The FOX FLOAT rear shock provides 145 mm of travel and is partly responsible for the firm rear suspension. On our rougher test tracks we would have liked to test the No Pogo SL with a shock with a more plush feel, like a FOX FLOAT X.

The new SRAM XO Eagle Transmission groupset ensures excellent shifting performance, especially under the demands of an eMTB drive system. For the brakes, CENTURION opted for the new SRAM CODE Stealth Ultimate with 200 mm HS2 discs, which offer a high level of braking power and feedback.The Schwalbe tires were not quite to our taste though, with thin casings and a hard Speedgrip rubber compound on the rear wheel. The front Magic Mary features their puncture prone Super Ground casing, while the rear Hans Dampf has the slightly more robust Super Trail construction. Lighter riders will probably be able to ride this combination on flowing trails without experiencing any issues. However, heavier riders who frequently tackle technical terrain may wish to upgrade to a sturdier, grippier tire. Not only will this increase puncture protection, but it will also improve grip and comfort by allowing you to run lower air pressures. At the same time, we recommend converting the No Pogo SL to a tubeless setup. This won’t necessarily reduce the weight, as CENTURION equip the new light eMTB with extremely light Schwalbe Aerothan tubes, but because a tubeless system can seal small punctures, and allows lower tire pressures.

The SRAM Code Stealth Ultimate offers good deceleration with 200 mm HS2 discs.
Although the SRAM Transmission XO groupset is controlled via remote control, it still draws its power from the main battery via a cable.
There must be some real magic at work when the Schwalbe Magic Mary front tire still has air in its vulnerable Super Ground carcass after rattling through a rock garden.

Tuning Tip: Treat your CENTURION No Pogo SL to a set of sturdy and soft tires for more trail fun in poor road conditions.

A small cost-saving measure – if you can call it that – among all the high-end components is the choice of an aluminium wheels from DT Swiss. The HX 1501 wheelset is not as light as a comparable carbon wheelset, but it always performed well in our tests, even on rough terrain.

The HX1501 aluminium wheels may not be the most expensive product in the DT Swiss portfolio, but they are by no means cheap. They are a good choice for all high-performance light eMTBs.

Centurion use a few in-house products from their component brand PROCRAFT, such as the grips and cranks, while the cockpit features Race Face parts, including the Race Face Next R carbon handlebar. The seatpost is supplied by FOX, as is the suspension. In size L, the FOX Transfer Factory dropper post offers 175 mm of travel and can be fully inserted into the frame, allowing plenty of room to move around.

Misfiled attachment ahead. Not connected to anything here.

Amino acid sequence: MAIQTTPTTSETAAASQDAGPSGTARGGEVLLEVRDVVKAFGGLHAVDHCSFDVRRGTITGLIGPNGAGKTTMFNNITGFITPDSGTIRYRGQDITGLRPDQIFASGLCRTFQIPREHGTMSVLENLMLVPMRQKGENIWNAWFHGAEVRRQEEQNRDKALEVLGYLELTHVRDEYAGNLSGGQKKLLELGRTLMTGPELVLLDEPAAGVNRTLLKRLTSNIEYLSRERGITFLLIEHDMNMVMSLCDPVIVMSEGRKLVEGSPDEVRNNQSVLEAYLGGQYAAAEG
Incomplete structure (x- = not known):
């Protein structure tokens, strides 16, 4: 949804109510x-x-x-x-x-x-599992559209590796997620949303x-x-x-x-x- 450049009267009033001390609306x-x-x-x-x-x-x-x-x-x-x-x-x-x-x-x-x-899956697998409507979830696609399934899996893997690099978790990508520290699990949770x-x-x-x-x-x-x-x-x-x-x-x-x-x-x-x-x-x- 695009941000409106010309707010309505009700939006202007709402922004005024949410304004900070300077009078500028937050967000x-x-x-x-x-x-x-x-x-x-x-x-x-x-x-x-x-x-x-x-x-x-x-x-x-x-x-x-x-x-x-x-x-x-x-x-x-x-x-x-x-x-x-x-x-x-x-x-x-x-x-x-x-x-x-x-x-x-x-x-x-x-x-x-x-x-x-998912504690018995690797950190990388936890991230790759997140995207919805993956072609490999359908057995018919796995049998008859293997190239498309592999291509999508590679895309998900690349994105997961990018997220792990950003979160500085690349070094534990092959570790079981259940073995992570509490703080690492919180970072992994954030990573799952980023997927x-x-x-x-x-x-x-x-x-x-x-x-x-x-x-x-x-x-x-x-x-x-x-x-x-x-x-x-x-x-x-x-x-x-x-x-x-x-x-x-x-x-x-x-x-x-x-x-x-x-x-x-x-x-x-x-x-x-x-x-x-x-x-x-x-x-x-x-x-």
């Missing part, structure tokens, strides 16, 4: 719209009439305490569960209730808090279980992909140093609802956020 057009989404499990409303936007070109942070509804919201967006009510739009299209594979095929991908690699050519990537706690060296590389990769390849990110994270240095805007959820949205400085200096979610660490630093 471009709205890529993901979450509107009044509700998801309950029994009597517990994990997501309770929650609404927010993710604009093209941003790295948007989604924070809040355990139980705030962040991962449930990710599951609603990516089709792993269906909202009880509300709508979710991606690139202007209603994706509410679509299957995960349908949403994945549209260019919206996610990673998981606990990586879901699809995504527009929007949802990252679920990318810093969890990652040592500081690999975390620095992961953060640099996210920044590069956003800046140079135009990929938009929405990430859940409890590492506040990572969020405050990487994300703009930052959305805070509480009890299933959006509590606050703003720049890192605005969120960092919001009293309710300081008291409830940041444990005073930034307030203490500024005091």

€ 9,999


Motor Bosch Performance Line SX 55 Nm
Battery Bosch CompactTube 400 Wh
Display Bosch System Controller
Fork FOX 36 Factory GRIP 2 150 mm
Rear Shock FOX FLOAT Factory 145 mm
Seatpost FOX Transfer Factory 125 – 200 mm
Brakes SRAM Code Ultimate Stealth 200 mm
Drivetrain SRAM XO Eagle Transmission 1x12
Stem Race Face Turbine R 40 mm
Handlebar Race Face Next R 780 mm
Wheelset DT Swiss HX 1501 Spline 29"/27.5"
Tires Schwalbe Magic Mary Super Ground, Soft/ Hans Dampf Super Trail, Speedgrip 2.4"/2.35"

Technical Data

Size S M L XL
Weight 19 kg
Perm. total weight 140 kg
Max. payload (rider/equipment) 121 kg
Trailer approval yes
Kickstand mount no

Specific Features

Supernova Mini 2 light
range extender compatible

In addition to the top model, CENTURION also offer the more budget friendly No Pogo SL R6000i for € 7,999. Instead of FOX suspension components, the bike features a RockShox suspension system consisting of a Lyrik Select+ fork and a Deluxe Select+ shock.
The drivetrain and brakes are Shimano DEORE XT, complemented by a PROCRAFT dropper and accessories. The more affordable version also appears to have been carefully designed to offer a very good equipment package at a competitive price. Both versions are expected to be in stores later this year, just in time for Christmas.


€ 7,999


Motor Bosch Performance Line SX 55 Nm
Battery Bosch CompactTube 400 Wh
Display Bosch System Controller
Fork RockShox Lyrik Select+ 150 mm
Rear Shock RockShox Deluxe Select+ 145 mm
Seatpost Procraft Drop Pro Adjust 125 – 200 mm
Brakes Shimano DEORE XT 200 mm
Drivetrain Shimano DEORE XT 1x12
Stem Procraft Trail 40 mm
Handlebar PRC Carbon 780 mm
Wheelset DT Swiss HX 1700 Spline 29"/27.5"
Tires Schwalbe Magic Mary Super Ground, Soft/ Hans Dampf Super Trail, Speedgrip 2.4"/2.35"

Technical Data

Size S M L XL
Weight 18,7 (manufacturer spec)
Perm. total weight 140 kg
Max. payload (rider/equipment) 121 kg
Trailer approval yes
Kickstand mount no

Specific Features

Supernova Mini 2 light
range extender compatible

The geometry of the new CENTURION No Pogo SL R8000i in detail

The new CENTURION No Pogo SL R8000i will be available in four sizes from S-XL, which should cover all rider heights from 156 cm to 200 cm. The geometry is fairly moderate. In direct comparison to its big brother, the R25i, the new No Pogo SL has a slightly shorter reach, shorter chainstays (445mm in all sizes) and a slightly steeper head angle (65.5° to 65°), which is more in-keeping with the concept of an agile and responsive bike.

Size S M L XL